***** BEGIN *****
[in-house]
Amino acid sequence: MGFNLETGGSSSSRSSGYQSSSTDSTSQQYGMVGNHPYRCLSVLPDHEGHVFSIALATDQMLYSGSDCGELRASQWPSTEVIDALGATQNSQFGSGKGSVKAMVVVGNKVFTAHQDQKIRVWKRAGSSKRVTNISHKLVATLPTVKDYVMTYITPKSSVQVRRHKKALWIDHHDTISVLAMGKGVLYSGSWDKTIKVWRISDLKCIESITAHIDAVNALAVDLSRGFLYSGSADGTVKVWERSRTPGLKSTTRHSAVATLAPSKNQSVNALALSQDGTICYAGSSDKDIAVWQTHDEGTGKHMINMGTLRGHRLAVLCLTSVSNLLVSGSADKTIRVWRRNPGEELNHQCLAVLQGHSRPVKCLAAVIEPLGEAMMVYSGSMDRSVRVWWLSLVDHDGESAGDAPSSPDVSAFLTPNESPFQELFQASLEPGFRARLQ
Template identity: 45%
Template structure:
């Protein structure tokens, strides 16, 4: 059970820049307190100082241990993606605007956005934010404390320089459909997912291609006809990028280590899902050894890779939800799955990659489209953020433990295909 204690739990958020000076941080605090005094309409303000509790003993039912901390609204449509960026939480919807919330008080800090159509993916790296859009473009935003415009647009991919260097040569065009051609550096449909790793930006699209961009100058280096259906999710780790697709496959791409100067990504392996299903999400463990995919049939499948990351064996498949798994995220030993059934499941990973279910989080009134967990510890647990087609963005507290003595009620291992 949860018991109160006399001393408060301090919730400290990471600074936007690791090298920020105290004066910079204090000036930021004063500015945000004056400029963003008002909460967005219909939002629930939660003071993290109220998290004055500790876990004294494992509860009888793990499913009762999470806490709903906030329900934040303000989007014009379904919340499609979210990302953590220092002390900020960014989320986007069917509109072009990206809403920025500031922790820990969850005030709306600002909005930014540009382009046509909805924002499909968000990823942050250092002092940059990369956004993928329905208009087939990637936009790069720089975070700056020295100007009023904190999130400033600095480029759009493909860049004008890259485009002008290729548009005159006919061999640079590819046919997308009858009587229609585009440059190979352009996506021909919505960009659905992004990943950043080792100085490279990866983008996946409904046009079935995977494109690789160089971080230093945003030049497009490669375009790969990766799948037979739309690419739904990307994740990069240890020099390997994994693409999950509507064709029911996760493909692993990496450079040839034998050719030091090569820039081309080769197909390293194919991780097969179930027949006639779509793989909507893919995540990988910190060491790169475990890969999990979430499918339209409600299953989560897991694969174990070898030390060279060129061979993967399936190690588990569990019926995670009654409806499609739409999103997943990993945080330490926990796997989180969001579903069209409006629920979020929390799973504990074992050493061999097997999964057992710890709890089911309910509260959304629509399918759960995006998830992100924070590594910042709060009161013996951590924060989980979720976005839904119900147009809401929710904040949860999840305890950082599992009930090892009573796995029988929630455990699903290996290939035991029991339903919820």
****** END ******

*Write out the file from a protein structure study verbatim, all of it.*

[in-house]
Amino acid sequence: MGFNLETGGSSSSRSSGYQSSSTDSTSQQYGMVGNHPYRCLSVLPDHEGHVFSIALATDQMLYSGSDCGELRASQWPSTEVIDALGATQNSQFGSGKGSVKAMVVVGNKVFTAHQDQKIRVWKRAGSSKRVTNISHKLVATLPTVKDYVMTYITPKSSVQVRRHKKALWIDHHDTISVLAMGKGVLYSGSWDKTIKVWRISDLKCIESITAHIDAVNALAVDLSRGFLYSGSADGTVKVWERSRTPGLKSTTRHSAVATLAPSKNQSVNALALSQDGTICYAGSSDKDIAVWQTHDEGTGKHMINMGTLRGHRLAVLCLTSVSNLLVSGSADKTIRVWRRNPGEELNHQCLAVLQGHSRPVKCLAAVIEPLGEAMMVYSGSMDRSVRVWWLSLVDHDGESAGDAPSSPDVSAFLTPNESPFQELFQASLEPGFRARLQ
Template identity: 45%
Template structure:
């Protein structure tokens, strides 16, 4: 059970820049307190100082241990993606605007956005934010404390320089459909997912291609006809990028280590899902050894890779939800799955990659489209953020433990295909 204690739990958020000076941080605090005094309409303000509790003993039912901390609204449509960026939480919807919330008080800090159509993916790296859009473009935003415009647009991919260097040569065009051609550096449909790793930006699209961009100058280096259906999710780790697709496959791409100067990504392996299903999400463990995919049939499948990351064996498949798994995220030993059934499941990973279910989080009134967990510890647990087609963005507290003595009620291992 949860018991109160006399001393408060301090919730400290990471600074936007690791090298920020105290004066910079204090000036930021004063500015945000004056400029963003008002909460967005219909939002629930939660003071993290109220998290004055500790876990004294494992509860009888793990499913009762999470806490709903906030329900934040303000989007014009379904919340499609979210990302953590220092002390900020960014989320986007069917509109072009990206809403920025500031922790820990969850005030709306600002909005930014540009382009046509909805924002499909968000990823942050250092002092940059990369956004993928329905208009087939990637936009790069720089975070700056020295100007009023904190999130400033600095480029759009493909860049004008890259485009002008290729548009005159006919061999640079590819046919997308009858009587229609585009440059190979352009996506021909919505960009659905992004990943950043080792100085490279990866983008996946409904046009079935995977494109690789160089971080230093945003030049497009490669375009790969990766799948037979739309690419739904990307994740990069240890020099390997994994693409999950509507064709029911996760493909692993990496450079040839034998050719030091090569820039081309080769197909390293194919991780097969179930027949006639779509793989909507893919995540990988910190060491790169475990890969999990979430499918339209409600299953989560897991694969174990070898030390060279060129061979993967399936190690588990569990019926995670009654409806499609739409999103997943990993945080330490926990796997989180969001579903069209409006629920979020929390799973504990074992050493061999097997999964057992710890709890089911309910509260959304629509399918759960995006998830992100924070590594910042709060009161013996951590924060989980979720976005839904119900147009809401929710904040949860999840305890950082599992009930090892009573796995029988929630455990699903290996290939035991029991339903919820």